When I was doing research for my 2007 novel Journeys to the End of the World one of my reference books was The South African Forces in France by John Buchan (Thomas Nelson and Sons 1920). Buchan was a man of many parts – army officer, Governor-General of Canada, and the author of numerous novels, including the bestselling The Thirty-Nine Steps which was later made into a Hitchcock movie.

For many years I had wanted to write a novel set in World War I, largely because my late father had served with distinction in the South African Heavy Artillery on the Western Front. As a child I often asked him about the war; although he had experienced and seen a great deal, these were things that he could not bear to talk about. So apart from a few humorous anecdotes, I learnt nothing about the Great War from him, and had to rely on books. One of these was The South African Forces in France – a solid history with detailed descriptions, lists and maps, but hardly a riveting read. To research more personal views of the conflict I consulted I Was There, an extraordinary four-volume illustrated history of the Great War published in the 1930s by the Waverley Book Company, with each chapter written in the first person by someone who had been there.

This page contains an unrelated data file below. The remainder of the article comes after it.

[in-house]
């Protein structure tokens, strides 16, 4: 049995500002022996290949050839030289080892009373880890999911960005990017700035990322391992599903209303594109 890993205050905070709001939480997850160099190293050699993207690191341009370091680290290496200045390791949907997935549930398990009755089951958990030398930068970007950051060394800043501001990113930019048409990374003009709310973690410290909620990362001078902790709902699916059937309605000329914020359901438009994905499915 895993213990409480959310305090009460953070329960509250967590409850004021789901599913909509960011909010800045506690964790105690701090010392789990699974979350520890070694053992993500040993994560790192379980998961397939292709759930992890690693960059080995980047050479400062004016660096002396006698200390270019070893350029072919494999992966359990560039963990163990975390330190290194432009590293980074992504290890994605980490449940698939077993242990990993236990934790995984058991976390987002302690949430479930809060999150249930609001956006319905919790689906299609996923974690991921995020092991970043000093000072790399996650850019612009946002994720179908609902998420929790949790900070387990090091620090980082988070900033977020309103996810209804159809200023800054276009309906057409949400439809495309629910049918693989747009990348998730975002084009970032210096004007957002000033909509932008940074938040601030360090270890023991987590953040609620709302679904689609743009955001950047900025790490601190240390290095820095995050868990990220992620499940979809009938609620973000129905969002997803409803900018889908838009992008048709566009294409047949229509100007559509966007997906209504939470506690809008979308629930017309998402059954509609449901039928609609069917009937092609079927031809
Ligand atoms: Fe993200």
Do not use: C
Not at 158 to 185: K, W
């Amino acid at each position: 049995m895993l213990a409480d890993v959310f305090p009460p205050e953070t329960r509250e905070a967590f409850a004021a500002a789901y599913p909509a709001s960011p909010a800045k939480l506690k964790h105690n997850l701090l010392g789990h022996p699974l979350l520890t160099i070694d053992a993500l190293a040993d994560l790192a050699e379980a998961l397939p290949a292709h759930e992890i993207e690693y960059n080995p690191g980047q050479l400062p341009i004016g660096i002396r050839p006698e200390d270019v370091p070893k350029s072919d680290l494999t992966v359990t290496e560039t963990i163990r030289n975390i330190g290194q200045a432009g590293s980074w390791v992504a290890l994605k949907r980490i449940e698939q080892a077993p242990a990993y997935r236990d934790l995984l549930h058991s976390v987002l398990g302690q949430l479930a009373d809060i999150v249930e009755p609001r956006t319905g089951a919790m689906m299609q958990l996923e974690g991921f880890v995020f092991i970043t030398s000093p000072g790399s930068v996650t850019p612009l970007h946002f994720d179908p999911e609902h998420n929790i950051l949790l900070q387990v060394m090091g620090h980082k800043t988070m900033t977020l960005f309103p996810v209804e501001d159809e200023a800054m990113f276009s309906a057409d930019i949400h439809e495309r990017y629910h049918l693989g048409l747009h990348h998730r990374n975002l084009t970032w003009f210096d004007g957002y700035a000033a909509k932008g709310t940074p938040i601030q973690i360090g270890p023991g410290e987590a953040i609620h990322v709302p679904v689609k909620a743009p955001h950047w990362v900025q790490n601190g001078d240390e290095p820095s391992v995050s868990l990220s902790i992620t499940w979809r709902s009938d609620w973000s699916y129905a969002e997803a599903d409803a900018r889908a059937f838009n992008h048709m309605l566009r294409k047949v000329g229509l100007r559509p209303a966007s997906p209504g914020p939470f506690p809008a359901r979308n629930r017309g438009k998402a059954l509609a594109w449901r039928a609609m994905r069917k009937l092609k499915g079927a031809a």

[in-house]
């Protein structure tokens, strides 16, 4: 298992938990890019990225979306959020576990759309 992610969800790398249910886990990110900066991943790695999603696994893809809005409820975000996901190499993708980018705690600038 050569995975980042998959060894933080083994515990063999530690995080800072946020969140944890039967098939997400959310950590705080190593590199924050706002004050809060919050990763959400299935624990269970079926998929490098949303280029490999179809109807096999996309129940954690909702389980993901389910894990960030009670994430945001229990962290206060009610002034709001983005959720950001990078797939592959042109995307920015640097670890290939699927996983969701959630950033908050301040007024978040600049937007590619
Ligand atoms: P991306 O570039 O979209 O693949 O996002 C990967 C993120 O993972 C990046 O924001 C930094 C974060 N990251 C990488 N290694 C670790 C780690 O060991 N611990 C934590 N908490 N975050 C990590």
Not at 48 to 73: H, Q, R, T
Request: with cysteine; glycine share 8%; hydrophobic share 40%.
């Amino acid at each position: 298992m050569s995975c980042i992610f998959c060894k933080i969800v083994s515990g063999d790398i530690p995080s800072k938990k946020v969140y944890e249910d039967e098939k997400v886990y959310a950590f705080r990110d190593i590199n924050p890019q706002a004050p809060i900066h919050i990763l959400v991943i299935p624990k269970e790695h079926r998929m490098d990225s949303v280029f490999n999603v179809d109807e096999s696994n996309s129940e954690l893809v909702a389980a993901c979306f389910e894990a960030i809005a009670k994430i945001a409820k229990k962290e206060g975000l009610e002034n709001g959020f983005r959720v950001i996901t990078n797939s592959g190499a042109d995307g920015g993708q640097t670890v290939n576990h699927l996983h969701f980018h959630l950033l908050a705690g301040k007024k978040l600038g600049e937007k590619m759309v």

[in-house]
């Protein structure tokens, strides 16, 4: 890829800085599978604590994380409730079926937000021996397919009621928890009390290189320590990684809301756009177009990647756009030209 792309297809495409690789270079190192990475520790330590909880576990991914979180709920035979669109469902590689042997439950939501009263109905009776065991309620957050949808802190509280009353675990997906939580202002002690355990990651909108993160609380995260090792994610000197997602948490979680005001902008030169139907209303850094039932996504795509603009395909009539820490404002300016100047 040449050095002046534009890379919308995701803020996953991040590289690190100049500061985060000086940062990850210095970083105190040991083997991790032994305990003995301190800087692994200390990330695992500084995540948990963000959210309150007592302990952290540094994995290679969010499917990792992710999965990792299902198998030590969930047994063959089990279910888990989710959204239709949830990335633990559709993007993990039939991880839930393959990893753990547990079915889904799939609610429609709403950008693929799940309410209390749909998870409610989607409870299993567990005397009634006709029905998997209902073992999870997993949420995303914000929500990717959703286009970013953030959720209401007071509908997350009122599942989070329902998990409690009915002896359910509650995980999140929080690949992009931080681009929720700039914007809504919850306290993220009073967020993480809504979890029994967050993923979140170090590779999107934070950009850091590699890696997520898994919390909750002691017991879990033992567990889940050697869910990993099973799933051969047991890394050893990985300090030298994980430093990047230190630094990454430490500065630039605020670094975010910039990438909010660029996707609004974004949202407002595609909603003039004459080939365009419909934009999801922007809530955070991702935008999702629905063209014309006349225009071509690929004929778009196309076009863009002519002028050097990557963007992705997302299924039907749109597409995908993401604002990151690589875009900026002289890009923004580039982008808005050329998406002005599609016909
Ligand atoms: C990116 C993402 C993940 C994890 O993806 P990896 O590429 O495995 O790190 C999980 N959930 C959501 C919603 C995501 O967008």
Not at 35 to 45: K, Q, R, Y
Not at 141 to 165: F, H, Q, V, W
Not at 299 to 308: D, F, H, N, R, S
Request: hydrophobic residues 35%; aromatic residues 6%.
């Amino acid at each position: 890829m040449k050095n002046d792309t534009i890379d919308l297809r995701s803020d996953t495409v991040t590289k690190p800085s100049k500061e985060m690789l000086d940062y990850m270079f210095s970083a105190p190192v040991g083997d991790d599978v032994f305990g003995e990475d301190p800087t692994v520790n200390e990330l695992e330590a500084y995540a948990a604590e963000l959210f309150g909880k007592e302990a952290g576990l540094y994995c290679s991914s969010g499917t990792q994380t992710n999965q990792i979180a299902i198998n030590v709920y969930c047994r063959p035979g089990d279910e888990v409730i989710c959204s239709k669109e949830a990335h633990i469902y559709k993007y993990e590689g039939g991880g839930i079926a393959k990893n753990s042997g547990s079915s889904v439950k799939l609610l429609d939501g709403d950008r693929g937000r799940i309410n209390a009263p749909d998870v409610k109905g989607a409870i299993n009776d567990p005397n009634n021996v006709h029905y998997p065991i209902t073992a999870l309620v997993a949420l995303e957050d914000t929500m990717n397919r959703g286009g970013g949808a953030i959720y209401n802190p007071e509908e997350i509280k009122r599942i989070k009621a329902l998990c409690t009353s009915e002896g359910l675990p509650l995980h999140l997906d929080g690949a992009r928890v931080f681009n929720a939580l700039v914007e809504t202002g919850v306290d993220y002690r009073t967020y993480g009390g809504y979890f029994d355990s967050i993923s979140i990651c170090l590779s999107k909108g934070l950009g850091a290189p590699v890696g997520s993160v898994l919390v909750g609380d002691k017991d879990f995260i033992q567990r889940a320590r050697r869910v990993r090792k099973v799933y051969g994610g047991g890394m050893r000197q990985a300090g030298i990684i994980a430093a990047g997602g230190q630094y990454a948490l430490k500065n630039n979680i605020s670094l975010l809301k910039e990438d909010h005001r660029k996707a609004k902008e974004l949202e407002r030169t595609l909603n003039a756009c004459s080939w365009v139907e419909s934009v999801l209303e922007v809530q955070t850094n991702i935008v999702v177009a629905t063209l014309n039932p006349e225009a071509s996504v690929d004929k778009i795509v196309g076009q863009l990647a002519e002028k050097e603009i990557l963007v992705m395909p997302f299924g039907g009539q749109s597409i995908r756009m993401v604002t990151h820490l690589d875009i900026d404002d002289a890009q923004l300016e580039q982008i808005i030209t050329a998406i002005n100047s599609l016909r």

An aspect of World War I that interested me particularly was ‘shell shock’, and while I was still mulling this over in my mind I happened to be reading some South African history in which I came across a remark by the missionary Dr John Philip about the behaviour of certain Khoi people (then known as Hottentots) during the Hottentot Rebellion of 1799. The symptoms he described sounded similar to those of World War I ‘shell shock’. Then I noticed a newspaper article about post-traumatic stress disorder among present-day victims of crime, and suddenly I saw a link between South Africans of 1799, 1914 and the present time.

Isaiah Berlin said: ‘Intercommunication between cultures in time and space is possible only because what makes people human is common to them, and acts as a bridge between them.’ I saw post-traumatic stress as a common factor, and from that grew the plot and characters of Journeys to the End of the World.

Journeys was published as a paperback in 2007 and by now most copies have been sold. To make it available again in this centenary year of the beginning of World War I, instead of reprinting it was published for the first time as an eBook.

You are invited to find it via any of the following links: